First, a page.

As public political spaces gradually open across Africa, more and more citizens are using the new avenues to speak out for political, economic and social rights, and to demand greater accountability from their governments, including regular free and fair elections. Such elections require an impartial electoral management body that respects ethnic diversity to build public confidence in electoral processes and ensures transparency, integrity and fairness to all parties involved.
“In order for an electoral management body to operate efficiently and effectively, it must be staffed with individuals who are competent and have skills to manage elections in a fair and credible manner,” says John Mukum Mbaku of the Brookings Institution’s Africa Growth Initiative, a US-based think tank.
At the very least, Mr. Mbaku notes, a credible electoral management body should be granted five things: decisional independence to decide freely, institutional independence to perform its functions without undue interference from the government, adequate resources, a system of accountability, and a procedure civil society can use to file complaints against members of the electoral body for illegal or unethical conduct.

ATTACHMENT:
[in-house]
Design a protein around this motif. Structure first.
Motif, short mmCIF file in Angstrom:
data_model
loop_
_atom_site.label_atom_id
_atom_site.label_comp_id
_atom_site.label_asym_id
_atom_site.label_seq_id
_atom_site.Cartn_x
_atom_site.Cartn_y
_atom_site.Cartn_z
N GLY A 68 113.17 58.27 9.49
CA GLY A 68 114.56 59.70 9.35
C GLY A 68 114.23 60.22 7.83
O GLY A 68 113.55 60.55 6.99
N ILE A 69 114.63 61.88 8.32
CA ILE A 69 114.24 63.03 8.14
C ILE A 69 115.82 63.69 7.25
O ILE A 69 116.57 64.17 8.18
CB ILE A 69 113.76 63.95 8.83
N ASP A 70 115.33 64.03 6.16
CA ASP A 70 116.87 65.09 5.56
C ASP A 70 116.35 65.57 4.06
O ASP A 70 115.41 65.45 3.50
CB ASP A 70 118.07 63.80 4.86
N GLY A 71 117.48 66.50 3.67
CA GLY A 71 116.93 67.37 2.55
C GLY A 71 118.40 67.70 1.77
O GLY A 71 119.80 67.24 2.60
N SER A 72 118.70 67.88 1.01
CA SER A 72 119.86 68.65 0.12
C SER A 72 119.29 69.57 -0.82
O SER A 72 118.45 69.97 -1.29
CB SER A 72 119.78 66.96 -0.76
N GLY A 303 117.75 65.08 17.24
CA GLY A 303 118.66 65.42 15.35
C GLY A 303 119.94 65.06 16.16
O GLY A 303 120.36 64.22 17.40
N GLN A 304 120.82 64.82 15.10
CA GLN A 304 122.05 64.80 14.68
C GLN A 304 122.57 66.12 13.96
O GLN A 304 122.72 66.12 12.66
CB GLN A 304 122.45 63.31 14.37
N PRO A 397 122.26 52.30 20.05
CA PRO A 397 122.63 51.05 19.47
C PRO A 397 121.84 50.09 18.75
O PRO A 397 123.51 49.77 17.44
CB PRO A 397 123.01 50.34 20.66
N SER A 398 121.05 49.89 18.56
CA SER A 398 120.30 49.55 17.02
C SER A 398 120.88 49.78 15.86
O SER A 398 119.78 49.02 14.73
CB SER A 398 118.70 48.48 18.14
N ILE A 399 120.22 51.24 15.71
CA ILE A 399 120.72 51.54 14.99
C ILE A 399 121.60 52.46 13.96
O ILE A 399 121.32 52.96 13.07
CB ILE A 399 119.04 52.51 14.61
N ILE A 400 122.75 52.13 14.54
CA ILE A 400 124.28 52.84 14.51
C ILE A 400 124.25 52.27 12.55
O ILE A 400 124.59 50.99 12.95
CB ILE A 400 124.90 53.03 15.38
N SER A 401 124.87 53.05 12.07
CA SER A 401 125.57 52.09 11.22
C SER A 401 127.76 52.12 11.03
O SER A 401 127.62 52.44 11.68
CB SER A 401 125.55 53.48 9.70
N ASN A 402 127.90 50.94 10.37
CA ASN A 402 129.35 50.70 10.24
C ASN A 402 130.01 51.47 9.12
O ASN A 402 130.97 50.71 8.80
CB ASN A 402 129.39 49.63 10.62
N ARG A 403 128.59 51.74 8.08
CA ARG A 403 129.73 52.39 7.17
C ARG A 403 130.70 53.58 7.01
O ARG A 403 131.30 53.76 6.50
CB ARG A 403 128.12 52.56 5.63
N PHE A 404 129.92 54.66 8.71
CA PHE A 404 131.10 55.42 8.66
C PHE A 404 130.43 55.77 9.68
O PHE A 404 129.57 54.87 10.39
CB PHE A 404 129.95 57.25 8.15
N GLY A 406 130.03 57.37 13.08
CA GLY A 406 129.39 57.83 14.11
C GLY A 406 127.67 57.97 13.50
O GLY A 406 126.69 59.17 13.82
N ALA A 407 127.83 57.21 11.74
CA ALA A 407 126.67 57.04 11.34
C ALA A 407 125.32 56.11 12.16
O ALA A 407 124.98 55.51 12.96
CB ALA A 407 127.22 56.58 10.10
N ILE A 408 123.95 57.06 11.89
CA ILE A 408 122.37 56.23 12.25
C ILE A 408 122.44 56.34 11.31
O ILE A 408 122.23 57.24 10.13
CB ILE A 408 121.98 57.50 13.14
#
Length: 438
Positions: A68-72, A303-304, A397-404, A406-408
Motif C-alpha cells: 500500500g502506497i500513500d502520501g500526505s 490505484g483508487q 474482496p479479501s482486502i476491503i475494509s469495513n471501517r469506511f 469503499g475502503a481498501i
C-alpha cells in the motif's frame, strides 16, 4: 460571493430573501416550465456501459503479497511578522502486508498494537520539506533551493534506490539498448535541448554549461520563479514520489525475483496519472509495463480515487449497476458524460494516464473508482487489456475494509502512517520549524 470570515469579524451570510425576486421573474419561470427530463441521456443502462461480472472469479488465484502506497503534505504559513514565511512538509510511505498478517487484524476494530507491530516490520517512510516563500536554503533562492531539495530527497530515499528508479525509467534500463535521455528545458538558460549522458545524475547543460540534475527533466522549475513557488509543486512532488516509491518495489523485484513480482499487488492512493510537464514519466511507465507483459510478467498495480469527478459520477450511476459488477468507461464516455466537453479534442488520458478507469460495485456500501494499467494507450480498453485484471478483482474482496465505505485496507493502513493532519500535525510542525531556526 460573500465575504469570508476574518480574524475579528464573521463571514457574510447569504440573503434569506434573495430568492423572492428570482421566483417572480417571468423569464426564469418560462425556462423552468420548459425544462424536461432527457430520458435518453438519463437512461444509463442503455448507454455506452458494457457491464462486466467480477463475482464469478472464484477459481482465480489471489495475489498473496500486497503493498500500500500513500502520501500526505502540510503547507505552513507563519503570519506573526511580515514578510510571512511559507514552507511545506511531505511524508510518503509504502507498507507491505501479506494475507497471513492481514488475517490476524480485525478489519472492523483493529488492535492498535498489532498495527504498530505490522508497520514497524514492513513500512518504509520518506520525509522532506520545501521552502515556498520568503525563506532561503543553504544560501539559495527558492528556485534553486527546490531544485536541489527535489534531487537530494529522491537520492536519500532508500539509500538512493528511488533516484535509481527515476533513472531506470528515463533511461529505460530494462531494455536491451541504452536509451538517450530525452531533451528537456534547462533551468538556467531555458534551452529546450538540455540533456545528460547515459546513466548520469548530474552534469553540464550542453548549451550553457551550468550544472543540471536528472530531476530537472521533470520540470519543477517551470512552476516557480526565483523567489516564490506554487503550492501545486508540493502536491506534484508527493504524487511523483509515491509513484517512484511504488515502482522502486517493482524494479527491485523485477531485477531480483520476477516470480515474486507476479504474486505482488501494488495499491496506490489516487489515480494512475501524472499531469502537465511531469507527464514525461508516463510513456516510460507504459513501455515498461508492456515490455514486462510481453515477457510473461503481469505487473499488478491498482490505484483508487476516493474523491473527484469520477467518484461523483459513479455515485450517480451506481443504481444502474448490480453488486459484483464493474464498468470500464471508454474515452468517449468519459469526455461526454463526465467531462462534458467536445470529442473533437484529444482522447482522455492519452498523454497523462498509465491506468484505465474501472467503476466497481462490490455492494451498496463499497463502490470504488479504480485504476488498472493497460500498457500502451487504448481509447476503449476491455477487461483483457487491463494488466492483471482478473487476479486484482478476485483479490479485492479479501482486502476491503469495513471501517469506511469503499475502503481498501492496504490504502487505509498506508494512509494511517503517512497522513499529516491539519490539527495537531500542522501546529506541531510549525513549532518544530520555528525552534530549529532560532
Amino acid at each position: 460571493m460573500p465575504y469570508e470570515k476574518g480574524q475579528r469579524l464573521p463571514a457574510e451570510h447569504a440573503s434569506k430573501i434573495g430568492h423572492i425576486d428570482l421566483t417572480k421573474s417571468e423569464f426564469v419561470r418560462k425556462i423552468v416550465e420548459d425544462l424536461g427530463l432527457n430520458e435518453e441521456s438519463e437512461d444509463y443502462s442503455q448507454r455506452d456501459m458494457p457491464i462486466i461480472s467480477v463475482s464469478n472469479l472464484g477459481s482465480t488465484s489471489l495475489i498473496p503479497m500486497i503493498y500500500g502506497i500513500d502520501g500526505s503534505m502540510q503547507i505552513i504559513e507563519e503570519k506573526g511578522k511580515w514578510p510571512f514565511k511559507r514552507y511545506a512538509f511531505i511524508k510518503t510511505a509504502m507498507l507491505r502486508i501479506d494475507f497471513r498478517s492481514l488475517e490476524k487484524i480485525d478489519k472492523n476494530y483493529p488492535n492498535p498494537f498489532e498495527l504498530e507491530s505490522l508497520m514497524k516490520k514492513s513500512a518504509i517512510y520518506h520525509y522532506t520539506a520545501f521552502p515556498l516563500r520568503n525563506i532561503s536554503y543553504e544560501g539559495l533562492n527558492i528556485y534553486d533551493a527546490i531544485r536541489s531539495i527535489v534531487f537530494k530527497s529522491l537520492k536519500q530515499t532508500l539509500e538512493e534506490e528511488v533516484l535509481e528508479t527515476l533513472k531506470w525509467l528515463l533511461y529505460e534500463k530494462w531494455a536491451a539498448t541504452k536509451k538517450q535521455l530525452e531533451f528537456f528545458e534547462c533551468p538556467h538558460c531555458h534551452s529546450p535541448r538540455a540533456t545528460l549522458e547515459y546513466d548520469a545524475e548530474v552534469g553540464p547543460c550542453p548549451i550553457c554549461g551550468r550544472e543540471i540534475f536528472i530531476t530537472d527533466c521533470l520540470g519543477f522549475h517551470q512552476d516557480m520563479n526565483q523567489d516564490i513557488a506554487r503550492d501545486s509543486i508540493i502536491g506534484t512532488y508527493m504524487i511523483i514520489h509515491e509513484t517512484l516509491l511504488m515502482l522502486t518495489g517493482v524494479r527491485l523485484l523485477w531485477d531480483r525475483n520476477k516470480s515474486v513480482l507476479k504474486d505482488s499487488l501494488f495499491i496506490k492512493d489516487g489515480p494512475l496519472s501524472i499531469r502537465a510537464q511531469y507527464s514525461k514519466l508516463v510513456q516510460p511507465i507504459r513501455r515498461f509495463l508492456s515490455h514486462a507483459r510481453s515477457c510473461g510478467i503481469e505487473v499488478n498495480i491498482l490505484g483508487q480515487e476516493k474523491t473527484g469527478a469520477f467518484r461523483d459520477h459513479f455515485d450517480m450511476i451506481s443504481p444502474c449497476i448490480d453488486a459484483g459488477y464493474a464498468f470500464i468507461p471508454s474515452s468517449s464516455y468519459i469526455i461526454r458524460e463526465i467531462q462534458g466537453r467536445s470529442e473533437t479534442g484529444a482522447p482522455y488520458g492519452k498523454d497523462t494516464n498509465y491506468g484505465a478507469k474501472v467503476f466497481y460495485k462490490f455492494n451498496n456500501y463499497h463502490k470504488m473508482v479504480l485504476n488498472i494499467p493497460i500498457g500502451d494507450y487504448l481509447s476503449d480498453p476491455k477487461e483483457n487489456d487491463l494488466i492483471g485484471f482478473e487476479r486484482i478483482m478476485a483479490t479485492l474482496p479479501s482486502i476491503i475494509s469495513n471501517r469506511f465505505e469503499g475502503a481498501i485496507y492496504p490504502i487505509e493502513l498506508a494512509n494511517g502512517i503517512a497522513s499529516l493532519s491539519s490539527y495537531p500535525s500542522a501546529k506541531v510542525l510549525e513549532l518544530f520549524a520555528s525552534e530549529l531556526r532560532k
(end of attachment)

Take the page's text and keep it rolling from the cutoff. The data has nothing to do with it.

In addition, there should be an impartial disciplinary system that allows for a range of sanctions against wrongdoing and abuses by electoral commissioners and staff members, including removal from office.
“The electorate ought to be adequately informed of voter rights and obligations, date and procedures of the elections, political party or candidate options available, and above all, the importance of citizens participating in the exercise,” notes the National Democratic Institute, a Washington, D.C.–based nonprofit organization that works with governments worldwide to strengthen and expand democracy.
This is important because elections and political transitions have been among the threats to peace and security in Africa in the last 20 years, according to the African Union (AU). Incidents on the actual voting day can trigger political violence, conflict or sometimes full-blown wars.